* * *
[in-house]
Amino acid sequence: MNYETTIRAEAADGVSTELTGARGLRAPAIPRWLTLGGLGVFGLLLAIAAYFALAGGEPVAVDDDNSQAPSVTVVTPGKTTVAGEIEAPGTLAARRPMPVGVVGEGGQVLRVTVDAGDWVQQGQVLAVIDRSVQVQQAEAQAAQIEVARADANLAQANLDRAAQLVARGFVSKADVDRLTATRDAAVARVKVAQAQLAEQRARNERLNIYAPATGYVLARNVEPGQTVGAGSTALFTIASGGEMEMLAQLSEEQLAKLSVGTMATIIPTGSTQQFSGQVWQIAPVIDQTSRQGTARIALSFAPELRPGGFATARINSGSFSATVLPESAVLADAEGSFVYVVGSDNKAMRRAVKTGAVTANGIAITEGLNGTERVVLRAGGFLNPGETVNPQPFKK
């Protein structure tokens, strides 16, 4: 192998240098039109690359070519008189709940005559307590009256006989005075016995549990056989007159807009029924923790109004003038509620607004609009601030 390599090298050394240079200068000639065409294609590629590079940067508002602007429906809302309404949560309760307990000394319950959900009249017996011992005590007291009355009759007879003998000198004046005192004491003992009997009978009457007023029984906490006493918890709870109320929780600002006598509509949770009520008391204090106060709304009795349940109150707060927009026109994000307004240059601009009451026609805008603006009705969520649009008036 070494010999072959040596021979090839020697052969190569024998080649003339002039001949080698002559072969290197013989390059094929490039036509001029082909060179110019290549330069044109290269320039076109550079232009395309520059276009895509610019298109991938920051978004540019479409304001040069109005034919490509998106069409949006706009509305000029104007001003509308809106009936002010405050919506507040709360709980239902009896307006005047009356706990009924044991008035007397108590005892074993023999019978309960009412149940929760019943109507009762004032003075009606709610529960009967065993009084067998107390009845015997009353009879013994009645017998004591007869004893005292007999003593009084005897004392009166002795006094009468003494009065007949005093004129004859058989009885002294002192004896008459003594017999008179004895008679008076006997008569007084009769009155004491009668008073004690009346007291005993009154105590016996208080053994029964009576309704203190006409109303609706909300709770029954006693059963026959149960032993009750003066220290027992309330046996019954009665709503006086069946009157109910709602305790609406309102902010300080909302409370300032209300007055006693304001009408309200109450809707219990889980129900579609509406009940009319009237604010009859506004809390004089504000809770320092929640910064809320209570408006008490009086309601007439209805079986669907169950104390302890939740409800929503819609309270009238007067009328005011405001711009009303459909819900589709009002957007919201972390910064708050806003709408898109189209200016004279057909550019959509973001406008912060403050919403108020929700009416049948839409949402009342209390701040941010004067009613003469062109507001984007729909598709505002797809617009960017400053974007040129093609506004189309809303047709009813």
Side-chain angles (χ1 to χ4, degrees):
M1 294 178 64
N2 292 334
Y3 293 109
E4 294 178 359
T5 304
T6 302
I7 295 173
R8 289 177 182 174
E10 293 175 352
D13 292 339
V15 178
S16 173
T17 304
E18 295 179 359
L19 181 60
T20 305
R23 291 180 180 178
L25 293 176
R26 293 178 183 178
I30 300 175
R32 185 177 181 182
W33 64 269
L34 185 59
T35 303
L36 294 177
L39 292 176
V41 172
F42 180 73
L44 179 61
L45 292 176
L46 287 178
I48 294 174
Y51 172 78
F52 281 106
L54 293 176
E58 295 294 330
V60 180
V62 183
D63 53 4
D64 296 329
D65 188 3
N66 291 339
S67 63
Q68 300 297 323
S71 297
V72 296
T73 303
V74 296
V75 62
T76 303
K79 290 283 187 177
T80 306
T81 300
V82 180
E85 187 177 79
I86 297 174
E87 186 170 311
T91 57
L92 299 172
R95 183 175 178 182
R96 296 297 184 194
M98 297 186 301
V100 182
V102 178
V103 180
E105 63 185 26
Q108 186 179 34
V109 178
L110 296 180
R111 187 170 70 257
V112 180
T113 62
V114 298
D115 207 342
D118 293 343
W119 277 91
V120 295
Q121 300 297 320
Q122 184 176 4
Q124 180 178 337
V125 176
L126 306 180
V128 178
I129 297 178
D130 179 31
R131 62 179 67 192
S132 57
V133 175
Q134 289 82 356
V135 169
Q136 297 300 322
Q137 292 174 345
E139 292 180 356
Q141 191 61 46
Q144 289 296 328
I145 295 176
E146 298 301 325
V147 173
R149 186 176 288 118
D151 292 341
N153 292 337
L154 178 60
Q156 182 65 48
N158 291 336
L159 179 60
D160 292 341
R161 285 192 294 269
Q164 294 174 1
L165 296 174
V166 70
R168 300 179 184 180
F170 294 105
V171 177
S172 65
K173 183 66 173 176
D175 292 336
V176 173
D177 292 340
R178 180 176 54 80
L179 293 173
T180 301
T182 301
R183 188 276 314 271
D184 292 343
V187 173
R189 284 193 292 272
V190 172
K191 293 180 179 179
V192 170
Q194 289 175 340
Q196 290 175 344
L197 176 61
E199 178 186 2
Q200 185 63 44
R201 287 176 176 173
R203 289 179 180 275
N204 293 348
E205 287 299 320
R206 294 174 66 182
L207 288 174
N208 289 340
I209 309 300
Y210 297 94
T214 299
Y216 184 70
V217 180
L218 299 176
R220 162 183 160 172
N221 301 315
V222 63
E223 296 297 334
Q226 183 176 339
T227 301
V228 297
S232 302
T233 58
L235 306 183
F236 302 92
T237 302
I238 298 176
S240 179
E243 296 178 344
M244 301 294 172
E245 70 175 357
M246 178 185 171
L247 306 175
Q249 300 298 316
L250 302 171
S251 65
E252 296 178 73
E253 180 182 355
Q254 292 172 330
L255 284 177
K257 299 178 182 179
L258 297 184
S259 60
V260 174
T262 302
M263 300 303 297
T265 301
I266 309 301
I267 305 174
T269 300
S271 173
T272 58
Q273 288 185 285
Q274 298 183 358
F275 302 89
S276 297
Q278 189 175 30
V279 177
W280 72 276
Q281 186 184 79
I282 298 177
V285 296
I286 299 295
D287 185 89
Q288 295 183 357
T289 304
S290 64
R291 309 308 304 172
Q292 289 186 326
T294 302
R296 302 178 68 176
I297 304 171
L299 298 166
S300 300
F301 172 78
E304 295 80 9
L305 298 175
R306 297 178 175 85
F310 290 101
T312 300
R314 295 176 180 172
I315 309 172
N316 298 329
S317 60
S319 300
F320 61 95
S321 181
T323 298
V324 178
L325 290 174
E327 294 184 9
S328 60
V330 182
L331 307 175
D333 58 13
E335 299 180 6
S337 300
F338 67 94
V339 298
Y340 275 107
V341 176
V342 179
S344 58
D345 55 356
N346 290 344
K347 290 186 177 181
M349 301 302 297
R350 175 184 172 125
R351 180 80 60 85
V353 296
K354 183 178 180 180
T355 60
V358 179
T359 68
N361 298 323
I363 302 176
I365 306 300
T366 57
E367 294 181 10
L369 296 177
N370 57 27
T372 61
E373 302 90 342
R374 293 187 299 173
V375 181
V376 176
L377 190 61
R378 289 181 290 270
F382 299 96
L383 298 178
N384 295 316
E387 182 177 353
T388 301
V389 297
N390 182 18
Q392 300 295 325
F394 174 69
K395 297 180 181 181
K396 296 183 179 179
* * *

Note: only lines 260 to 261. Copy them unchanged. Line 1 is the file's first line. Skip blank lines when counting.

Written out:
E373 302 90 342
R374 293 187 299 173